Presentation on theme: "Diabetes Mellitus Type 1 By Sheryl Heichel. What is Type 1 Diabetes? Type 1 diabetes, also referred to as juvenile diabetes, is a disease in which the."— Presentation transcript:
What is Type 1 Diabetes? Type 1 diabetes, also referred to as juvenile diabetes, is a disease in which the pancreas does not secrete insulin. The exact cause is unknown, but thought to have genetic and environmental factors. Most often occurs in childhood, but can also develop late 30's and early 40's.
Pathophysiology Caused by autoimmune destruction of the insulin-producing beta cells in the islets of Langerhans in the pancreas. Hyperglycemia presents after the majority of cells are destroyed and then diabetes can be diagnosed.
Pathophysiology Continued In 85% of cases, the individual has islet cell antibodies present; glutamic acid decarboxylase is the enzyme most commonly targeted by these antibodies. Type 1 diabetes is often found in those already suffering from an autoimmune disease.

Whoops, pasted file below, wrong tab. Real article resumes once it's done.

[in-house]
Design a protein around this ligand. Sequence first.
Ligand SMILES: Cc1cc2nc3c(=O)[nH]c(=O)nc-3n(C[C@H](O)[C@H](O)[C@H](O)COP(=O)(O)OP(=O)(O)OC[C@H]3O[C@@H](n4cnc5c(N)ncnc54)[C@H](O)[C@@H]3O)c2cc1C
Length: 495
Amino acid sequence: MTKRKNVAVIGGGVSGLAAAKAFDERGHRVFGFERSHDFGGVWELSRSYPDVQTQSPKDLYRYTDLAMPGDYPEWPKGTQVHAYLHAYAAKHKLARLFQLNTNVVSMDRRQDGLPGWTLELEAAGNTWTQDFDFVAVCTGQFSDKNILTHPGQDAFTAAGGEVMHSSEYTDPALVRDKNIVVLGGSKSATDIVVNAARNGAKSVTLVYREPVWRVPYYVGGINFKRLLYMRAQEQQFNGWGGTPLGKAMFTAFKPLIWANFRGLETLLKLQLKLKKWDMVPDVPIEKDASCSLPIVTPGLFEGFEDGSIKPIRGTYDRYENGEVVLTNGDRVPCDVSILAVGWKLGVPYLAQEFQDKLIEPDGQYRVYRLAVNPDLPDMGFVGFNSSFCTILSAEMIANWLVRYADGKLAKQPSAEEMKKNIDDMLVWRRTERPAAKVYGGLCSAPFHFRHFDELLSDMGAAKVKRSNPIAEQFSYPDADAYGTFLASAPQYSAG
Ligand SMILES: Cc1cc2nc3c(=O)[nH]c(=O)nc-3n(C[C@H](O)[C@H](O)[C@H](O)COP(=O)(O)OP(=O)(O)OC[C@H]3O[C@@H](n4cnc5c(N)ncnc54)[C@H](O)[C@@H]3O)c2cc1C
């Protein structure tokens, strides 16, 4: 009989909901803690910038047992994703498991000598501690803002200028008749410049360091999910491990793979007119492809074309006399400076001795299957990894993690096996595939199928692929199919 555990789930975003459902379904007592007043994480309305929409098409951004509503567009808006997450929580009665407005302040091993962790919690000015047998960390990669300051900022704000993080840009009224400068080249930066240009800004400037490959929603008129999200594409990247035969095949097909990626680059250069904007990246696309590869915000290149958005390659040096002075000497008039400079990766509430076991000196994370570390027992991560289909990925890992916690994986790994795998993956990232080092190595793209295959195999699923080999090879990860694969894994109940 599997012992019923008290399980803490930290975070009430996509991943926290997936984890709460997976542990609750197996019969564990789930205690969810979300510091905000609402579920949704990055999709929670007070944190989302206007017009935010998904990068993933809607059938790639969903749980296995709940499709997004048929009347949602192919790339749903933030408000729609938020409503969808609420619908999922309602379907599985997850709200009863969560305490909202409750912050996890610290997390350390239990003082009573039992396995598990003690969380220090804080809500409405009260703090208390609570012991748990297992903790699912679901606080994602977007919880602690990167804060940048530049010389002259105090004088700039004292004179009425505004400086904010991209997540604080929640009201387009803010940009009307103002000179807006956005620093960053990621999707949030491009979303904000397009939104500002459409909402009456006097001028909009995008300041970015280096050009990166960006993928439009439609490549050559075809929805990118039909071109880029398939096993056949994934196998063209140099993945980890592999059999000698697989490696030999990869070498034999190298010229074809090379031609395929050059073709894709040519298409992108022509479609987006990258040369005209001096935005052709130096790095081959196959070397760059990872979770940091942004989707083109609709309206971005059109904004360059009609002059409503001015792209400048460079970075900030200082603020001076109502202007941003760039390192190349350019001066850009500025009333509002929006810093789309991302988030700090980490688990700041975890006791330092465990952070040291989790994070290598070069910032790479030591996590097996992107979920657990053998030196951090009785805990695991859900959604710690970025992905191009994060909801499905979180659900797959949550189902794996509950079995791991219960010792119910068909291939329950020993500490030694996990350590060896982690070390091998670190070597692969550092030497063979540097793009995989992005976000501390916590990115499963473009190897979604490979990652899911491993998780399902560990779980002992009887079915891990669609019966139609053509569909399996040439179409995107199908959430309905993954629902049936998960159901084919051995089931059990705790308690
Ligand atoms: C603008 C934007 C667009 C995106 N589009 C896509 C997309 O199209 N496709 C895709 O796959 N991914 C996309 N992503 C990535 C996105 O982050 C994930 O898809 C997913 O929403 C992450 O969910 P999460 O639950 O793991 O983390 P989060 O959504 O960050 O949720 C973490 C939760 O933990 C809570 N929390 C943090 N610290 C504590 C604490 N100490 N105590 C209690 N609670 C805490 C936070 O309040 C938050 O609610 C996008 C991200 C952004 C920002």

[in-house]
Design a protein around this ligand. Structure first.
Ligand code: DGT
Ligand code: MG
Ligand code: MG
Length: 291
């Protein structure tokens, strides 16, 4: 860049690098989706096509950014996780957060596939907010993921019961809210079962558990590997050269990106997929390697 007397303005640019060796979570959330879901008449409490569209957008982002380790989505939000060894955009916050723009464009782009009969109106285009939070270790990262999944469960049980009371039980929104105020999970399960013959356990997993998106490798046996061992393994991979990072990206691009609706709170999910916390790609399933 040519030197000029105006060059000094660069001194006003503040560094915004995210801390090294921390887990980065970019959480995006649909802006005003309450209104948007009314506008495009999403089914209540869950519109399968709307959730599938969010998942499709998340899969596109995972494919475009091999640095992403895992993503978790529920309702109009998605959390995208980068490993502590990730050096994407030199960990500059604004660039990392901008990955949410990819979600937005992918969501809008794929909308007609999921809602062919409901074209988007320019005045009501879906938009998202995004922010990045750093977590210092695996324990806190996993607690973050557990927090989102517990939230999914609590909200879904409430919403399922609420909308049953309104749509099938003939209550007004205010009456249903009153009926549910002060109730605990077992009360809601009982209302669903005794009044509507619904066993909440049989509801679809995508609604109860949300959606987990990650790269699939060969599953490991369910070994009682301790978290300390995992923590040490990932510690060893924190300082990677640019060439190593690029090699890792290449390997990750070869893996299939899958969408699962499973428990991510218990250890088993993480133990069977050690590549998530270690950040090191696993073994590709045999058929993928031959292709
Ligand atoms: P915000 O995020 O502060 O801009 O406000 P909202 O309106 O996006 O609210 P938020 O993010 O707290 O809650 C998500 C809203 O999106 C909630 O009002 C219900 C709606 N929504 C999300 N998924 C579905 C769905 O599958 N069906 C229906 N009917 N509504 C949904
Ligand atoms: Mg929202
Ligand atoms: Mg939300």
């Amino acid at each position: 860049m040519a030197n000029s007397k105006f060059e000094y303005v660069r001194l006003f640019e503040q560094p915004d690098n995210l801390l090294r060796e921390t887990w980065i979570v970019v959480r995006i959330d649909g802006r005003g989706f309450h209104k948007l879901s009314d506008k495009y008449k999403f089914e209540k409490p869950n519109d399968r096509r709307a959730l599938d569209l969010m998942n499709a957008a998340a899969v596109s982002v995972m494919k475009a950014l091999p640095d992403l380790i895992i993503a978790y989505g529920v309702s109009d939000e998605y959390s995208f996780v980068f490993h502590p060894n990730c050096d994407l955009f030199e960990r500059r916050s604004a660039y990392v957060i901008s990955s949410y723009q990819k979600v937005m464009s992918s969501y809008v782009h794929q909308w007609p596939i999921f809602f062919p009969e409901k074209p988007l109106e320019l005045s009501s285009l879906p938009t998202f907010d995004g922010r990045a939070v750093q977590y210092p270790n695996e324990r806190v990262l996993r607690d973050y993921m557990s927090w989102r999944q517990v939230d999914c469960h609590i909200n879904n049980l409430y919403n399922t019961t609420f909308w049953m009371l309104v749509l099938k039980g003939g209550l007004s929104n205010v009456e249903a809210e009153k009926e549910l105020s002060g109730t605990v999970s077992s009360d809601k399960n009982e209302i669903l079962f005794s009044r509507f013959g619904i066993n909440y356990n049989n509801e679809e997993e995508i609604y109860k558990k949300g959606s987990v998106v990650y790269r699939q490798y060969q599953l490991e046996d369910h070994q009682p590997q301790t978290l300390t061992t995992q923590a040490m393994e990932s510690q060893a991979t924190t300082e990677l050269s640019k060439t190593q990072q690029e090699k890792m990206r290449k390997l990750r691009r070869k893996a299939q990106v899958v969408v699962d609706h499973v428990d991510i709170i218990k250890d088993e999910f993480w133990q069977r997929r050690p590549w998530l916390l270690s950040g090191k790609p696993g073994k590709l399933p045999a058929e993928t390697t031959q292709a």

Signs and Symptoms Diagnosed through a blood or ketone test. Polyuria, polydipsia, polyphagia, weight loss, increased blood and urine glucose and ketones. Left untreated it can be fatal. Hypoglycemia : seizures, hunger, fainting, weakness, coma. Hyperglycemia: increased thirst and urination, ketoacidosis(vomiting, dry skin, abdominal pain, rapid breathing), coma, organ damage.
Treatment Insulin must be used to process the glucose from meals and normalize protein and lipid metabolism. Injections or pumps are used. Types of insulin: Rapid-acting: works about 15 minutes after injecting; works for 2-4 hours Regular or short acting: ~30 after injecting; works for 3-6 hours Intermediate-acting: 2 to 4 hours after injecting; works for 12-18 hours Long-acting: takes several hours but keeps levels even over a day